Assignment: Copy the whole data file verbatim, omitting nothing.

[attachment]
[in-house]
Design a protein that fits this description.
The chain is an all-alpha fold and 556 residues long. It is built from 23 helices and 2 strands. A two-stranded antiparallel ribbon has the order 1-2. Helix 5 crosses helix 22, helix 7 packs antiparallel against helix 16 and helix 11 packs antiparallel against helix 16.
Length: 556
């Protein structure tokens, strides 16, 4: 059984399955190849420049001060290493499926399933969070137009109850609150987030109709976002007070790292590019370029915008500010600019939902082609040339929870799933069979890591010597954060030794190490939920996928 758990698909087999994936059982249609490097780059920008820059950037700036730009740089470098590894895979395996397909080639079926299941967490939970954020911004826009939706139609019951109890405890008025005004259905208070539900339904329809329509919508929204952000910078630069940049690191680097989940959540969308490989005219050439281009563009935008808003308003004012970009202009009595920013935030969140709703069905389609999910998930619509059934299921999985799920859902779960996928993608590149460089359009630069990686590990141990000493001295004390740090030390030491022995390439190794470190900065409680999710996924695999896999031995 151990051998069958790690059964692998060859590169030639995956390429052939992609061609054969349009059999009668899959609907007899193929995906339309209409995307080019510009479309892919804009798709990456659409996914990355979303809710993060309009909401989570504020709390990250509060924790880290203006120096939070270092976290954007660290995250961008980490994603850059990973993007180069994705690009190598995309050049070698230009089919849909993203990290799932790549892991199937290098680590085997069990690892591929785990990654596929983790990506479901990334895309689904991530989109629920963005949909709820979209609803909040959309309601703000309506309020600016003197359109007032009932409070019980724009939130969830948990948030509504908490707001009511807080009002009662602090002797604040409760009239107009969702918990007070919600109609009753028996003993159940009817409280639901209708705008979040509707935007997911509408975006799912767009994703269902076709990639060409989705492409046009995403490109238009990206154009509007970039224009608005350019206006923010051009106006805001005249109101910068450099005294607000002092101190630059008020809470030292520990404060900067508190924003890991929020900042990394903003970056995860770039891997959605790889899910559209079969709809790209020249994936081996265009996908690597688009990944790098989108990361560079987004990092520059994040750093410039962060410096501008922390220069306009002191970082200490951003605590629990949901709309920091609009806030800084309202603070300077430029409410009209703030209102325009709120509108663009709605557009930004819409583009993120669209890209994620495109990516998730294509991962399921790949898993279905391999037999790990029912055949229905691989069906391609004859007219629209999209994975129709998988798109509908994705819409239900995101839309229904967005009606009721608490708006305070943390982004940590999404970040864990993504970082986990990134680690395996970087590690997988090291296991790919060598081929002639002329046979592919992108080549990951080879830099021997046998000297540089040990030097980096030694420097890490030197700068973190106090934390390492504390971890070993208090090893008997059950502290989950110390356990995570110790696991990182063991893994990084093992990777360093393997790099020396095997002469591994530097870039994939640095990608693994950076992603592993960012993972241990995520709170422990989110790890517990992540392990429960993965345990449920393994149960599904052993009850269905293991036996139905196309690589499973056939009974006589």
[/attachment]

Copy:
[in-house]
Design a protein that fits this description.
The chain is an all-alpha fold and 556 residues long. It is built from 23 helices and 2 strands. A two-stranded antiparallel ribbon has the order 1-2. Helix 5 crosses helix 22, helix 7 packs antiparallel against helix 16 and helix 11 packs antiparallel against helix 16.
Length: 556
């Protein structure tokens, strides 16, 4: 059984399955190849420049001060290493499926399933969070137009109850609150987030109709976002007070790292590019370029915008500010600019939902082609040339929870799933069979890591010597954060030794190490939920996928 758990698909087999994936059982249609490097780059920008820059950037700036730009740089470098590894895979395996397909080639079926299941967490939970954020911004826009939706139609019951109890405890008025005004259905208070539900339904329809329509919508929204952000910078630069940049690191680097989940959540969308490989005219050439281009563009935008808003308003004012970009202009009595920013935030969140709703069905389609999910998930619509059934299921999985799920859902779960996928993608590149460089359009630069990686590990141990000493001295004390740090030390030491022995390439190794470190900065409680999710996924695999896999031995 151990051998069958790690059964692998060859590169030639995956390429052939992609061609054969349009059999009668899959609907007899193929995906339309209409995307080019510009479309892919804009798709990456659409996914990355979303809710993060309009909401989570504020709390990250509060924790880290203006120096939070270092976290954007660290995250961008980490994603850059990973993007180069994705690009190598995309050049070698230009089919849909993203990290799932790549892991199937290098680590085997069990690892591929785990990654596929983790990506479901990334895309689904991530989109629920963005949909709820979209609803909040959309309601703000309506309020600016003197359109007032009932409070019980724009939130969830948990948030509504908490707001009511807080009002009662602090002797604040409760009239107009969702918990007070919600109609009753028996003993159940009817409280639901209708705008979040509707935007997911509408975006799912767009994703269902076709990639060409989705492409046009995403490109238009990206154009509007970039224009608005350019206006923010051009106006805001005249109101910068450099005294607000002092101190630059008020809470030292520990404060900067508190924003890991929020900042990394903003970056995860770039891997959605790889899910559209079969709809790209020249994936081996265009996908690597688009990944790098989108990361560079987004990092520059994040750093410039962060410096501008922390220069306009002191970082200490951003605590629990949901709309920091609009806030800084309202603070300077430029409410009209703030209102325009709120509108663009709605557009930004819409583009993120669209890209994620495109990516998730294509991962399921790949898993279905391999037999790990029912055949229905691989069906391609004859007219629209999209994975129709998988798109509908994705819409239900995101839309229904967005009606009721608490708006305070943390982004940590999404970040864990993504970082986990990134680690395996970087590690997988090291296991790919060598081929002639002329046979592919992108080549990951080879830099021997046998000297540089040990030097980096030694420097890490030197700068973190106090934390390492504390971890070993208090090893008997059950502290989950110390356990995570110790696991990182063991893994990084093992990777360093393997790099020396095997002469591994530097870039994939640095990608693994950076992603592993960012993972241990995520709170422990989110790890517990992540392990429960993965345990449920393994149960599904052993009850269905293991036996139905196309690589499973056939009974006589």